Skip to content


Pratap Kesari Deo Vs. the State of Orissa and ors. - Court Judgment

LegalCrystal Citation
SubjectTenancy
CourtOrissa High Court
Decided On
Case NumberO.J.C. No. 185 of 1959
Judge
Reported inAIR1961Ori131
ActsConstitution of India - Articles 14 and 31; Orissa Private Lands of Rulers (Assessment of Rent) Act, 1958 - Sections 2; Tenancy Law
AppellantPratap Kesari Deo
RespondentThe State of Orissa and ors.
Appellant AdvocateR.N. Misra and ;K.P. Basu, Advs.
Respondent AdvocateAdv. General
DispositionPetition dismissed
Cases ReferredJaganath Behera v. Harihar Singh
Excerpt:
.....which merged with the province of orissa by the well known merger agreement on the 1st january, 1948. in accordance with that merger agreement entered into between the petitioner as the ruler of the state on the one hand and the government of india, on the other some of the properties within the state were recognised as his private properties. no such intention is clearly deducible from any of the provisions of the act, the implication of clause (i) of section 2 of the act may be that the act was intended to supplement the existing tenancy laws in force in orissa but it is not correct to say that the tenancy laws do not apply to those classes of lands which are classed as homestead......the rulers should be exempted from this tax.'3. on the 2lst may, 1938, was brought into force the orissa private lands of rulers (assessment of rent) act, 1958 (orissa act xiii of1958 -- hereinafter referred to as the act), bywhich all the private lands of the former rulers inorissa were classified into three groups viz, (i) irrigated wet land; (ii) rain-fed wet jand; and (iii)dry land, & power was conferred on the appropriateauthorities to assess all these classes of land to rentafter following the procedure prescribed in the actand in the rules framed under the act.in these rules detailed instructions were given for the mode of assessment of these classes of private lands and the maximum rate of rent assessable was also fixed. there is no controversy about strict compliance with the.....
Judgment:

Narasimham, C.J.

1. This, is an application under Article 226 of the Gbnstitution of India against the appellate Order of the Board of Revenue, Orissa, confirming with some modifications the assessment of rent on the Nazul lands and the Palace Compound of the petitioner made by the Additional District Magistrate of Kalahandi.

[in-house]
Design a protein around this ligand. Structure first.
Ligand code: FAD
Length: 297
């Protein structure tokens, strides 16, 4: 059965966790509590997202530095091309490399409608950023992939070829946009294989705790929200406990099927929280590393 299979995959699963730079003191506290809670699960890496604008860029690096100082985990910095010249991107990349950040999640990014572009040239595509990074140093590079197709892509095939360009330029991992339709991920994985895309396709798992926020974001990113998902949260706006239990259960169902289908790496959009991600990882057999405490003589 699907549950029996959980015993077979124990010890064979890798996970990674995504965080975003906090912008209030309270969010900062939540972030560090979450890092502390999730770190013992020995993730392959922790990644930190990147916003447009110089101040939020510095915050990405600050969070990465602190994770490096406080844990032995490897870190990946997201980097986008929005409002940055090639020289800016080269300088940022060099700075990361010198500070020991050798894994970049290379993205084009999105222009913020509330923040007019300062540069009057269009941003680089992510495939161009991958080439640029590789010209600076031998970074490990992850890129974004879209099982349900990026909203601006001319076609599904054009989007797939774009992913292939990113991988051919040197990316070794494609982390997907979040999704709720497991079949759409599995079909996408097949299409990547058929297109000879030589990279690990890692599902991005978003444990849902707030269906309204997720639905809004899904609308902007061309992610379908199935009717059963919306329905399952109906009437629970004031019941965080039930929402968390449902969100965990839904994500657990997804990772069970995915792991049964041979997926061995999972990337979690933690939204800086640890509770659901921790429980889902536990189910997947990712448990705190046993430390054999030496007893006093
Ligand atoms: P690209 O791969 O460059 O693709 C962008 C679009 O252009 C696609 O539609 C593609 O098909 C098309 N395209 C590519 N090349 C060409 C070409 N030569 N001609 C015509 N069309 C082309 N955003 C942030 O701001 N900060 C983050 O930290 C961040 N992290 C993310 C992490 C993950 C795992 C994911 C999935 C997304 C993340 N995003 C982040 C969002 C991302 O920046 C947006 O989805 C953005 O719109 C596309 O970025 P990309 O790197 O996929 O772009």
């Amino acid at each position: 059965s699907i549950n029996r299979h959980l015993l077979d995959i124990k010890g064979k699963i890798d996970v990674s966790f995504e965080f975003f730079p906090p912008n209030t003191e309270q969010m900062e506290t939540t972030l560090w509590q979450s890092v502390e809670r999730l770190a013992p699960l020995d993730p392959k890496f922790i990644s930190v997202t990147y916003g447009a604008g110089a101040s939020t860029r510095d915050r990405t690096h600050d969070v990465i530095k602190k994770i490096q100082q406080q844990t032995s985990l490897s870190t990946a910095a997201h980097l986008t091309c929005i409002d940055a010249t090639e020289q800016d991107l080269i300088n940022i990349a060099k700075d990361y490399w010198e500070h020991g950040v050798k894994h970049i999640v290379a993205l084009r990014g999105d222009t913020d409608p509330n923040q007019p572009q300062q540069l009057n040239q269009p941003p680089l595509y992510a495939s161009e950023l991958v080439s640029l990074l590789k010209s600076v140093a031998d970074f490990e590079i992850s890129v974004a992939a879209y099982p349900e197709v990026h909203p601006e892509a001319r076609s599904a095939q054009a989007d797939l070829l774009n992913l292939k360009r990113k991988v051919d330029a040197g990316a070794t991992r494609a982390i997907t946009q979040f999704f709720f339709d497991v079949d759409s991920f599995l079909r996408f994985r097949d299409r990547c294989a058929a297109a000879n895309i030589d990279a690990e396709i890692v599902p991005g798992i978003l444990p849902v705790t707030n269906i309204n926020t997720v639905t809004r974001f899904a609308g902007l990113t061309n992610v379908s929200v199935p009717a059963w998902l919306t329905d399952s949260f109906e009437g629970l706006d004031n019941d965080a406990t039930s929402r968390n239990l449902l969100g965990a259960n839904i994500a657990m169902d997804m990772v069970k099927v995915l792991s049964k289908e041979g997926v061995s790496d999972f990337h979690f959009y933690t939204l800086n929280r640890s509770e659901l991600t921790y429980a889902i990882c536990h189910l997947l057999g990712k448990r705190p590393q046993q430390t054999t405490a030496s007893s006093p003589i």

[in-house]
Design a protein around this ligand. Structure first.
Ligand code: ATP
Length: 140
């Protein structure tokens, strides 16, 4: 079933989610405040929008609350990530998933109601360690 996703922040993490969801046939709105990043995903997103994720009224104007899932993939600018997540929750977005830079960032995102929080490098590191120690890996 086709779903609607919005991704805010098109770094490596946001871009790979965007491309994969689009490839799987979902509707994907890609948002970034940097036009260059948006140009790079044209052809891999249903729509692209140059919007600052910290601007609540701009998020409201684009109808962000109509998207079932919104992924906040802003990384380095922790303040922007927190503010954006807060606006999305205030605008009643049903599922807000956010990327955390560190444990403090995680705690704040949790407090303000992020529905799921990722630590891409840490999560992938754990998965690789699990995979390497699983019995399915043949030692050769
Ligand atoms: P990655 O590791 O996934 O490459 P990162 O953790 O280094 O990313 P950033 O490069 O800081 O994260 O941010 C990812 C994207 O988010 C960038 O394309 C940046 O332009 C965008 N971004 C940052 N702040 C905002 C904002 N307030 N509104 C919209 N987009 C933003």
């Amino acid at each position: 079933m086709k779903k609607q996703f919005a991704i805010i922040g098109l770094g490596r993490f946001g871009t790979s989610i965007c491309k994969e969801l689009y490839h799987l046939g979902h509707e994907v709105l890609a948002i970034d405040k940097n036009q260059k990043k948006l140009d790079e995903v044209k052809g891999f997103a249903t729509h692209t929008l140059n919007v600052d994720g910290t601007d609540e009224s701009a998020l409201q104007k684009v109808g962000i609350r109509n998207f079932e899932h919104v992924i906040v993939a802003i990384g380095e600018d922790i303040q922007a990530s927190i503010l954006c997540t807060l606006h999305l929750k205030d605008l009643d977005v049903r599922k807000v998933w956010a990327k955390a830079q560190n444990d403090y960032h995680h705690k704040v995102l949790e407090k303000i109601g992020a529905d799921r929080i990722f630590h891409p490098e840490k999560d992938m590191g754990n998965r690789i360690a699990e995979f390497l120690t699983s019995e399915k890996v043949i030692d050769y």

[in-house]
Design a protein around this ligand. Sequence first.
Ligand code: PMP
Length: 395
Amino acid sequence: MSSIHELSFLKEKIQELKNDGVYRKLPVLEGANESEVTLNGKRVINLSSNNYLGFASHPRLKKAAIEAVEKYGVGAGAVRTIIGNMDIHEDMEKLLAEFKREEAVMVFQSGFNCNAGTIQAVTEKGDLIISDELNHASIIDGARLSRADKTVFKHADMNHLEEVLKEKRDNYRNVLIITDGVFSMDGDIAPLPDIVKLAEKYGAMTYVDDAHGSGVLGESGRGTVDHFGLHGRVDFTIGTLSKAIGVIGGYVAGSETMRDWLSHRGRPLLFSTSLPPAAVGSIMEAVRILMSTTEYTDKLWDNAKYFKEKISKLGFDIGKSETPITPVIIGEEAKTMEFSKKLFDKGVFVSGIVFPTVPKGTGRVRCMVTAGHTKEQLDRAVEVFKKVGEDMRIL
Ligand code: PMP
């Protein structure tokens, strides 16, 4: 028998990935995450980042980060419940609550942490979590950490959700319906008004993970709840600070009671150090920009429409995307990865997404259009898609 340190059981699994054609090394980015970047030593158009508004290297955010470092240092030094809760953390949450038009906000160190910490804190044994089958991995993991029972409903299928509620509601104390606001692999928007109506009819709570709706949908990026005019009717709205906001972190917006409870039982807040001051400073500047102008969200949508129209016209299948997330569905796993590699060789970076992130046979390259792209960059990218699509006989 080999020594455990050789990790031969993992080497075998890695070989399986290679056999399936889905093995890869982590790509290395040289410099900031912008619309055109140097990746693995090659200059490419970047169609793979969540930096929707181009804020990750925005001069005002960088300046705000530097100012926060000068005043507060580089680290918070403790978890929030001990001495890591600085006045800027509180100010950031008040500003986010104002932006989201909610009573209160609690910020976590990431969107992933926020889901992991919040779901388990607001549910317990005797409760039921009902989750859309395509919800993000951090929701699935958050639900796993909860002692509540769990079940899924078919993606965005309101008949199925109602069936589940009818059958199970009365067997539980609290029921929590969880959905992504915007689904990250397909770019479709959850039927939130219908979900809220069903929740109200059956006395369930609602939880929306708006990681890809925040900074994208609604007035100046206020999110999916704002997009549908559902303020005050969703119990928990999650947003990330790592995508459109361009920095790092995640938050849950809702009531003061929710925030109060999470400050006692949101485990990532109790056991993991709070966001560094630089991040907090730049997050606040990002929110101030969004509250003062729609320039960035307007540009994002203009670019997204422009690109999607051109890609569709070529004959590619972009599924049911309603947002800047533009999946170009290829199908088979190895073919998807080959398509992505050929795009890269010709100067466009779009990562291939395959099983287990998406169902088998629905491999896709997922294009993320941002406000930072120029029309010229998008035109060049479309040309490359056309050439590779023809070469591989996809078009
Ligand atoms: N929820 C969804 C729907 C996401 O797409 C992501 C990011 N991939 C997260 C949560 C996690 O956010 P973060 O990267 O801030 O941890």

2. The petitioner was the former Ruler of Kalahandi State which was one of the Feudatory States which merged with the Province of Orissa by the well known Merger agreement on the 1st January, 1948. In accordance with that merger agreement entered into between the petitioner as the Ruler of the State on the one hand and the Government of India, on the other some of the properties within the State were recognised as his private properties. It is admitted that the disputed plots consisting of 2.33 acres in village Kasinga form part of the Nazul lands which were recognised as the private property of the petitioner.

It is further admitted that 36.2 acres of land in Mouza Bhowanipatna which Was the head-quarters of the Kalahandi State was also recognised as the Petitioner's private property. Within that area is situated the palace of the petitioner. It is fur-ther admitted that by virtue of the merger agreement the petitioner was conferred full rights over Ms private property. There was some discussion between the Rulers and the Government of India regarding the personal privileges of the Rulers of Merged States and on the question of exemption from local taxation, the decision given by the Government of India was as follows :--

'12. Exemption from local taxation : This is primarily the concern of the Provincial and Union Government. It is hoped however that as far as possible the practice prevailing before the 15th August, 1947, will be continued. The Government of India desires that in the event of house fax being levied. in or extended to areas formerlyconstituting States the main residential palaces of the Rulers should be exempted from this tax.'